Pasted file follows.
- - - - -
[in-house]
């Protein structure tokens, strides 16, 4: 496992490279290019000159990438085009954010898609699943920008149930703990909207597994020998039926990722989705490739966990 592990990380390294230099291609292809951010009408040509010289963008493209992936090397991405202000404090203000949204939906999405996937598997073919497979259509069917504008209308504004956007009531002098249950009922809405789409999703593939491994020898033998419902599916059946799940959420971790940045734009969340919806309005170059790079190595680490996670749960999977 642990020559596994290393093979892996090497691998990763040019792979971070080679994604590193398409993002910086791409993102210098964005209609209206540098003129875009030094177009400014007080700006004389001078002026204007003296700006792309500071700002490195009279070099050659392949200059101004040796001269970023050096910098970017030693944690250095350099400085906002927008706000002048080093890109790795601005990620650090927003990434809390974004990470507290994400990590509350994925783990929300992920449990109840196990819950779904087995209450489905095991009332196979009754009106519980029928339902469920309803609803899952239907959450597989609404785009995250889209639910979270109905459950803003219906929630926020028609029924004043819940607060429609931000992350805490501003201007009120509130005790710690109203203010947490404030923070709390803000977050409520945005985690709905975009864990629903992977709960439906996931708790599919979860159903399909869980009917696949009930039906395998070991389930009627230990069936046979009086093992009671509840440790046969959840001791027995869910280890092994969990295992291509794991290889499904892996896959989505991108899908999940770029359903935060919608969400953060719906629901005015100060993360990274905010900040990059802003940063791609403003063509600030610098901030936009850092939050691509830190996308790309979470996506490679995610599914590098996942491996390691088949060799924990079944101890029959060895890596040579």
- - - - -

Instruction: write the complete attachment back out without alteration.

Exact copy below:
[in-house]
């Protein structure tokens, strides 16, 4: 496992490279290019000159990438085009954010898609699943920008149930703990909207597994020998039926990722989705490739966990 592990990380390294230099291609292809951010009408040509010289963008493209992936090397991405202000404090203000949204939906999405996937598997073919497979259509069917504008209308504004956007009531002098249950009922809405789409999703593939491994020898033998419902599916059946799940959420971790940045734009969340919806309005170059790079190595680490996670749960999977 642990020559596994290393093979892996090497691998990763040019792979971070080679994604590193398409993002910086791409993102210098964005209609209206540098003129875009030094177009400014007080700006004389001078002026204007003296700006792309500071700002490195009279070099050659392949200059101004040796001269970023050096910098970017030693944690250095350099400085906002927008706000002048080093890109790795601005990620650090927003990434809390974004990470507290994400990590509350994925783990929300992920449990109840196990819950779904087995209450489905095991009332196979009754009106519980029928339902469920309803609803899952239907959450597989609404785009995250889209639910979270109905459950803003219906929630926020028609029924004043819940607060429609931000992350805490501003201007009120509130005790710690109203203010947490404030923070709390803000977050409520945005985690709905975009864990629903992977709960439906996931708790599919979860159903399909869980009917696949009930039906395998070991389930009627230990069936046979009086093992009671509840440790046969959840001791027995869910280890092994969990295992291509794991290889499904892996896959989505991108899908999940770029359903935060919608969400953060719906629901005015100060993360990274905010900040990059802003940063791609403003063509600030610098901030936009850092939050691509830190996308790309979470996506490679995610599914590098996942491996390691088949060799924990079944101890029959060895890596040579």